Distressed companies risk shut out from US Fed’s loans


  • Corporate News
  • Friday, 03 Apr 2020

But the Federal Reserve doesn’t typically lend to insolvent borrowers – those who have trouble meeting their financial obligations or paying down debt when it comes due. That’s to protect against situations where companies access taxpayer or government funds, only to file for bankruptcy and leave the government with mounting losses.

NEW YORK: Troubled companies behind on their bills or already in bankruptcy may be out of luck when it comes to getting federal funds from the US stimulus package.

Current law blocks the government from making loans to companies that have either filed for Chapter 11 bankruptcy or fail an insolvency test, according to lawyers who’ve studied the new legislation. In that scenario, it would be nearly impossible for such borrowers to access financing from the Federal Reserve.

Some businesses angling for government relief “may discover a rude awakening” if those standards still applied to the new Coronavirus Aid, Relief and Economic Security Act, said Vincent Indelicato, a partner specialising in restructuring and bankruptcy law at Proskauer Rose. “This bill may not be the economic life preserver companies and their lenders were hoping for.”

The size of the US$2 trillion stimulus is unprecedented, surpassing the approximately US$800bil package that passed after the 2008 financial crash. The coronavirus plan provides about US$500bil in loans and assistance for big companies, provided they retain most of their employees and don’t buy back stock. Airlines are eligible for grants in exchange for giving the government equity stakes.

There is a separate pool of about US$350bil for small business loans, which won’t have to be paid back if used for staff compensation, mortgage interest and rent.

But the Federal Reserve doesn’t typically lend to insolvent borrowers – those who have trouble meeting their financial obligations or paying down debt when it comes due. That’s to protect against situations where companies access taxpayer or government funds, only to file for bankruptcy and leave the government with mounting losses.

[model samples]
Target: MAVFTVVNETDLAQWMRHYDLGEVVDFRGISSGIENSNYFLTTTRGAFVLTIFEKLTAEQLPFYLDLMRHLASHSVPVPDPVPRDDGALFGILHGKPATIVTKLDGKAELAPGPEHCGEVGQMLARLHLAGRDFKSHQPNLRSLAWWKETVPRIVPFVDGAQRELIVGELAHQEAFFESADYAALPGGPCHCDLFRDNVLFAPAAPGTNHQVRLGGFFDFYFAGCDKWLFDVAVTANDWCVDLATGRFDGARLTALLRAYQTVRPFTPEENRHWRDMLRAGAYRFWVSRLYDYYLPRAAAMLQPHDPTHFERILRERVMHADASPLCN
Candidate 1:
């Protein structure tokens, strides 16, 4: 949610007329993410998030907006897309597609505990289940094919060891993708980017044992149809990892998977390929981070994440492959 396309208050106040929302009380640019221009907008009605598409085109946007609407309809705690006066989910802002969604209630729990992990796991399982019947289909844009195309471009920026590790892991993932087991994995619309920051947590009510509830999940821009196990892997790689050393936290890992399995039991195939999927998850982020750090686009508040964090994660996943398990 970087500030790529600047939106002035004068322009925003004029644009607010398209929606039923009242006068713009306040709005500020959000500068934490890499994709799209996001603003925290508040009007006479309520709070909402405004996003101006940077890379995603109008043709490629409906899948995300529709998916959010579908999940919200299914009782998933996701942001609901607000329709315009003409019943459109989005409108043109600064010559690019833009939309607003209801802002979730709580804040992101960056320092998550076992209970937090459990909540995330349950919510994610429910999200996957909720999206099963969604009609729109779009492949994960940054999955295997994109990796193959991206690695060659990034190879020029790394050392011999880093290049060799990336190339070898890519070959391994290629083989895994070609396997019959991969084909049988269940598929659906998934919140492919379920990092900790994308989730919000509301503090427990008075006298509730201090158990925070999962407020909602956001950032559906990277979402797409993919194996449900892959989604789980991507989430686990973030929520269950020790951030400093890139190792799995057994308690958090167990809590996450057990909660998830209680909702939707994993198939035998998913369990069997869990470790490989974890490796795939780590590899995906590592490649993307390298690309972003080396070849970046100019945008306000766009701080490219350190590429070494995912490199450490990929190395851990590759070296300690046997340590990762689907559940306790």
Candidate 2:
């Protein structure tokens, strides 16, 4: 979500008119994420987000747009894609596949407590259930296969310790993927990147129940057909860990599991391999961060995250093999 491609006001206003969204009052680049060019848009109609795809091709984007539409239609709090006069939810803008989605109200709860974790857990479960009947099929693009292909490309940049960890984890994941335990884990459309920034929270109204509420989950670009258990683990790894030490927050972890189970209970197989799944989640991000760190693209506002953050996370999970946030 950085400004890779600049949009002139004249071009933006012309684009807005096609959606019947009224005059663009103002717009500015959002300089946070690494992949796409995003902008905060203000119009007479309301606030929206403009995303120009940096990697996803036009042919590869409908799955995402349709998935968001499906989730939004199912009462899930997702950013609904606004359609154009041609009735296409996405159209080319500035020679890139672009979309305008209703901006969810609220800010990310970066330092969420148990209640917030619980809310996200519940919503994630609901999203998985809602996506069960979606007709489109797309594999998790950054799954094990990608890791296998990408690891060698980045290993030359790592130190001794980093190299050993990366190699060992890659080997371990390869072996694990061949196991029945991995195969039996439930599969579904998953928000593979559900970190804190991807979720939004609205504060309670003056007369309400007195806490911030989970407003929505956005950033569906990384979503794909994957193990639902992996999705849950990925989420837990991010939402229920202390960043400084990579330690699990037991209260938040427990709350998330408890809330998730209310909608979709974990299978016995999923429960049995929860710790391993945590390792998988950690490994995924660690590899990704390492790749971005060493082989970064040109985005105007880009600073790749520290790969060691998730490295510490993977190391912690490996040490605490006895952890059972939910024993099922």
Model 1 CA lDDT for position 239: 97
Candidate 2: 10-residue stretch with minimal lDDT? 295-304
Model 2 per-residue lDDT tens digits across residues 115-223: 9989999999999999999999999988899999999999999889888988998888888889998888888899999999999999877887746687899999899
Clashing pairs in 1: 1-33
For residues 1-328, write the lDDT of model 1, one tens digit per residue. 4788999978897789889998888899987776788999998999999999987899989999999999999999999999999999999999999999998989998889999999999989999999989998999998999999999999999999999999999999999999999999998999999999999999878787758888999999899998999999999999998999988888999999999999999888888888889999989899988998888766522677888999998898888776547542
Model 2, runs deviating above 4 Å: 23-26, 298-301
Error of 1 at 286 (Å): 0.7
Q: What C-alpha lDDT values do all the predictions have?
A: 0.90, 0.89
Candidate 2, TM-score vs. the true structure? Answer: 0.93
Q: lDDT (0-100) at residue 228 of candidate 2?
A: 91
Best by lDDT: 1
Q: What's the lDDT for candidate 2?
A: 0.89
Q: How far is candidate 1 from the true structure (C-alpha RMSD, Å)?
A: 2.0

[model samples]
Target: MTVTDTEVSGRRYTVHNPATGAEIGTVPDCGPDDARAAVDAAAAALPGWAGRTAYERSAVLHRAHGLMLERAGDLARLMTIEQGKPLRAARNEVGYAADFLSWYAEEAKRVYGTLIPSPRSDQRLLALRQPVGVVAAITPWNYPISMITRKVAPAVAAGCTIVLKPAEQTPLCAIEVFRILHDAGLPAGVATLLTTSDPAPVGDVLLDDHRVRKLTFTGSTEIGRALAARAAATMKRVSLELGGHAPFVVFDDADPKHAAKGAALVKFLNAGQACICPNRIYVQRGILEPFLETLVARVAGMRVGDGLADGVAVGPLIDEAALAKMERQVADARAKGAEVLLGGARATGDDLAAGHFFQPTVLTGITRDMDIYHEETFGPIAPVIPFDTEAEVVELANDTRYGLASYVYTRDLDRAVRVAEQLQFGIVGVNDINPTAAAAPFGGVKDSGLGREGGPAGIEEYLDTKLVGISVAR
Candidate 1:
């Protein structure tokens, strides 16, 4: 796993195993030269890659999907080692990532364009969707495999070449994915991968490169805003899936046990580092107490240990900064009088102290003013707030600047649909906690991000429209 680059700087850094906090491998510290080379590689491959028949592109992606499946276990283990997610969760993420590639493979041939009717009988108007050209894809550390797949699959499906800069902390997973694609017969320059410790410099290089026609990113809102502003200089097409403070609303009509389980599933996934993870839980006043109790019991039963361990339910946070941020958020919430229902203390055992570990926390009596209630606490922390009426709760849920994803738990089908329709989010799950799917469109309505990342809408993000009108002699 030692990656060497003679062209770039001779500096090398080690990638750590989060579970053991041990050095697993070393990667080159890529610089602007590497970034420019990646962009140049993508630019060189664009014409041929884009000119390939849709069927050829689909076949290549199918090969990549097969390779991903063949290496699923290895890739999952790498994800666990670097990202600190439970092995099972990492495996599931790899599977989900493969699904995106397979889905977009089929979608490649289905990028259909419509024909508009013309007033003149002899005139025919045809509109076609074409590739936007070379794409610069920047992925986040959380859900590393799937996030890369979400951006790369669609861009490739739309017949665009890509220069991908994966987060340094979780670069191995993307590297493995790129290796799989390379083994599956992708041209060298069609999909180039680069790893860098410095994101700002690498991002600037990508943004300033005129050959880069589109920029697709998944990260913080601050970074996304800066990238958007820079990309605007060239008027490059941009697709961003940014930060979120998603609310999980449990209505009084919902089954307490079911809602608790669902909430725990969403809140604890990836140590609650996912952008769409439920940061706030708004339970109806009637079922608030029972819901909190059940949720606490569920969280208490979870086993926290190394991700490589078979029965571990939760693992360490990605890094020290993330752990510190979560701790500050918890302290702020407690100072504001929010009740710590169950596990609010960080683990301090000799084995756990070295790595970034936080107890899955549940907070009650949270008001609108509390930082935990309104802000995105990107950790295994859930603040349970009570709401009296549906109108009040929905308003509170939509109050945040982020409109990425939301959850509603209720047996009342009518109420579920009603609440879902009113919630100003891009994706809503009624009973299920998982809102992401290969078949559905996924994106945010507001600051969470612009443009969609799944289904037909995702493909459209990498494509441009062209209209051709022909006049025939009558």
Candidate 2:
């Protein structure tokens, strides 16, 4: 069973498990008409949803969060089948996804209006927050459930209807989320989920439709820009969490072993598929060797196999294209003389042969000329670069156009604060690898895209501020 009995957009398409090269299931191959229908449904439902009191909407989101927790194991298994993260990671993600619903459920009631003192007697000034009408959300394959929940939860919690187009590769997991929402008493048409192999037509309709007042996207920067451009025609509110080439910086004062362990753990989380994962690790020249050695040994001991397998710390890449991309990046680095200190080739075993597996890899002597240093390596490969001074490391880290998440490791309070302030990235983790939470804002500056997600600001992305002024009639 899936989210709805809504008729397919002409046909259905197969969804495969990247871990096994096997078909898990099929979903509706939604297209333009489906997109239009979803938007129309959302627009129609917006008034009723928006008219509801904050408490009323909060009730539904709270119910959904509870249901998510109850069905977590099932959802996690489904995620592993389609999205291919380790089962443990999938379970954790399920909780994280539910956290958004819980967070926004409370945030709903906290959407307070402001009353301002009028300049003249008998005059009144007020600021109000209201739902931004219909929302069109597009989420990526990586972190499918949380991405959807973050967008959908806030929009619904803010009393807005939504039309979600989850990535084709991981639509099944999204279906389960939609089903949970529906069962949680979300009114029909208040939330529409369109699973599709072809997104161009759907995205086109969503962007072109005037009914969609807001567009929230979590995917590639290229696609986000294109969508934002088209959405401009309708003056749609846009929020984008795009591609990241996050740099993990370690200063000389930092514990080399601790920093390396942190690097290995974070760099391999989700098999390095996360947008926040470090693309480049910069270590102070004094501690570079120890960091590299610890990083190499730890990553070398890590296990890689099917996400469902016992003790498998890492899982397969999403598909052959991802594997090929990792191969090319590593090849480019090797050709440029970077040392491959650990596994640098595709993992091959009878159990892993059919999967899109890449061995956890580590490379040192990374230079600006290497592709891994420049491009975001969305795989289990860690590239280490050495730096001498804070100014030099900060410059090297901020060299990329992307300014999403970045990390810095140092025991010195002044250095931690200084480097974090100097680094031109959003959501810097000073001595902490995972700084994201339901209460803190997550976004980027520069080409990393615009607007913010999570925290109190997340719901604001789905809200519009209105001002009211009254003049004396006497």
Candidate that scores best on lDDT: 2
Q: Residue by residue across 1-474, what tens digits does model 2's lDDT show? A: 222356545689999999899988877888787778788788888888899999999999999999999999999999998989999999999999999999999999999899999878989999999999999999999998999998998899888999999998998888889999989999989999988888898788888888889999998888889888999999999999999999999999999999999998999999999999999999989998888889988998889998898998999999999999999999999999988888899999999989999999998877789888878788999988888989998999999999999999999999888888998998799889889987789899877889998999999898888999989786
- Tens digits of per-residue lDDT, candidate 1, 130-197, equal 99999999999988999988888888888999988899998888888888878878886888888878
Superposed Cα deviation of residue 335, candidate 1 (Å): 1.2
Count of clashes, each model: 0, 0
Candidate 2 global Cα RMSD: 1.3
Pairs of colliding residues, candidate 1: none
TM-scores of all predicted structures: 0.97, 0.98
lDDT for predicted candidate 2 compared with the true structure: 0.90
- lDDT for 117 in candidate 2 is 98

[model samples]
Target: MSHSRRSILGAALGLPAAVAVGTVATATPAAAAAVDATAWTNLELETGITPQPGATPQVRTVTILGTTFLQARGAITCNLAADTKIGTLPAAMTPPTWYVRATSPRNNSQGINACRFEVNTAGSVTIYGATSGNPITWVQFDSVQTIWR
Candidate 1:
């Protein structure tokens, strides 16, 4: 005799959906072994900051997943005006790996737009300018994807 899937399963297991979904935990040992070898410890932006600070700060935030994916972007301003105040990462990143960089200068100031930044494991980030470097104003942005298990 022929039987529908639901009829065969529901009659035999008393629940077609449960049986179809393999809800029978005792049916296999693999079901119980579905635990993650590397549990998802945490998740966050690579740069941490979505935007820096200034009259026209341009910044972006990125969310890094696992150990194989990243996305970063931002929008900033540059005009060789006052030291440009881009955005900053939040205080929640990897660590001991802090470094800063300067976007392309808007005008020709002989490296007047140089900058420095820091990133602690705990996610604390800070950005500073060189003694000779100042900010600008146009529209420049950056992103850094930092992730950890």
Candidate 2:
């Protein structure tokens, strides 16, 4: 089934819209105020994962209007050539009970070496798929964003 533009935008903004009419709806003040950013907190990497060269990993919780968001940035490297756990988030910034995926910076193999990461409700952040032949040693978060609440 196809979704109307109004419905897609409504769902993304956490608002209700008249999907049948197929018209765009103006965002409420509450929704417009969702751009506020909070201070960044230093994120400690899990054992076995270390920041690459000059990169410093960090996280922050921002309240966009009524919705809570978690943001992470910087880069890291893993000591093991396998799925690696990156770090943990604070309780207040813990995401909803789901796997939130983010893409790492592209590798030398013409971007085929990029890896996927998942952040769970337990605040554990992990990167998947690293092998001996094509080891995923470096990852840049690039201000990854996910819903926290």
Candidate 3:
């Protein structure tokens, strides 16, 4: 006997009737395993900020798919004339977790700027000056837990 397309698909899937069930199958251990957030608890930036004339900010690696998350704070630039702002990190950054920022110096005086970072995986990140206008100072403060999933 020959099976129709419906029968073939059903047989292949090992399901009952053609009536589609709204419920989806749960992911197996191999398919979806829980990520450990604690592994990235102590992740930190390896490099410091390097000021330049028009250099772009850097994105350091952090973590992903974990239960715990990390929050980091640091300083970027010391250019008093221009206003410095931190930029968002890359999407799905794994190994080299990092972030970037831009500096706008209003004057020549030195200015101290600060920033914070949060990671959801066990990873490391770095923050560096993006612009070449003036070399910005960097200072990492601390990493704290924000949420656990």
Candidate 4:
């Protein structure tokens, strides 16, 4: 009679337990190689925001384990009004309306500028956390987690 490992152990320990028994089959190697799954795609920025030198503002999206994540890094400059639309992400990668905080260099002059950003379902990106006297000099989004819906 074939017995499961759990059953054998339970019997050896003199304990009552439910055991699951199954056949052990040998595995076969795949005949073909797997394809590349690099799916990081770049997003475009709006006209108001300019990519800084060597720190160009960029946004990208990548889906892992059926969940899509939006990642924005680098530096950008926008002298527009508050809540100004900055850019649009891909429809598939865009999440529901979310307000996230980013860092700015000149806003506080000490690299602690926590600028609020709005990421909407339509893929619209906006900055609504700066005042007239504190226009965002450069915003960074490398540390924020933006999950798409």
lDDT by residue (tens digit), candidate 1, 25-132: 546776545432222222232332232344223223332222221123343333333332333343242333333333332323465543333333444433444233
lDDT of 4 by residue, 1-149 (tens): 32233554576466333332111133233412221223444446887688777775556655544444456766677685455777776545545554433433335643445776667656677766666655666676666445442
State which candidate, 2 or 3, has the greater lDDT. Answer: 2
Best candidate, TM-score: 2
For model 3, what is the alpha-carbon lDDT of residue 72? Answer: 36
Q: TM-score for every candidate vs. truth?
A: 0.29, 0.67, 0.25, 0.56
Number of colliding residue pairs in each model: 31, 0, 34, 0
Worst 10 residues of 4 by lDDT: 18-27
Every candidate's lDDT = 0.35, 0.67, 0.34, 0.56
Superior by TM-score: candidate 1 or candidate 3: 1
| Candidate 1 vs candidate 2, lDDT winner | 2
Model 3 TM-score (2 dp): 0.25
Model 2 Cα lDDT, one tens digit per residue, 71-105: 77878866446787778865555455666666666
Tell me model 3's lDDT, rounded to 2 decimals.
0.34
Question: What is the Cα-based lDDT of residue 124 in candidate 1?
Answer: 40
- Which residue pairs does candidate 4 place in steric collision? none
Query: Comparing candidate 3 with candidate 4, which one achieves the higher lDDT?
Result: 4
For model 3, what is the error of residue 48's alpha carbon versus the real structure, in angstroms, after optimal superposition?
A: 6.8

Restrictions were put in place in 2015 after some companies bailed out under previous rescue packages wound up stiffing the federal government. In 2009, for example, middle-market lender CIT Group Inc filed bankruptcy less than a year after getting billions in federal aid, wiping out the preferred stock sold to the US Treasury.

Under the Federal Reserve Act, insolvency is determined by an inability to pay debts within 90 days before accessing a federal loan. How companies fit into the legislation passed by the Senate and House of Representatives last week remains a subject of debate, with business managers left to wonder how or if they qualify for relief.

Requests for comment from the US Treasury Department and Senate Majority Leader Mitch McConnell, the act’s sponsor, weren’t immediately returned.

“Companies in distress probably saw the US$500bil headline and imagined they caught the Hampton Jitney, ” Indelicato said, referring to the shuttle service to New York’s tony beach retreats. “But they may have already missed the bus, ” he said. “This is uncharted territory for everyone.”

If a company did get aid and files bankruptcy anyway, the federal loan would likely be treated the same as any other debt under Chapter 11 rules, said Amy Quackenboss, executive director of the American Bankruptcy Institute.

Firms that borrowed from business development companies (BDCs), a type of private credit lender, may be eligible for the relief, according to a recent report from Raymond James & Associates.

Some BDCs are actively examining how their portfolio companies can benefit from the stimulus package. In a recent note to shareholders, Bain Capital Specialty Finance (BCSF) Inc chief executive officer Michael Ewald said, “We are also actively pursuing opportunities for BCSF to benefit from the recently enacted CARES Act.” — Bloomberg

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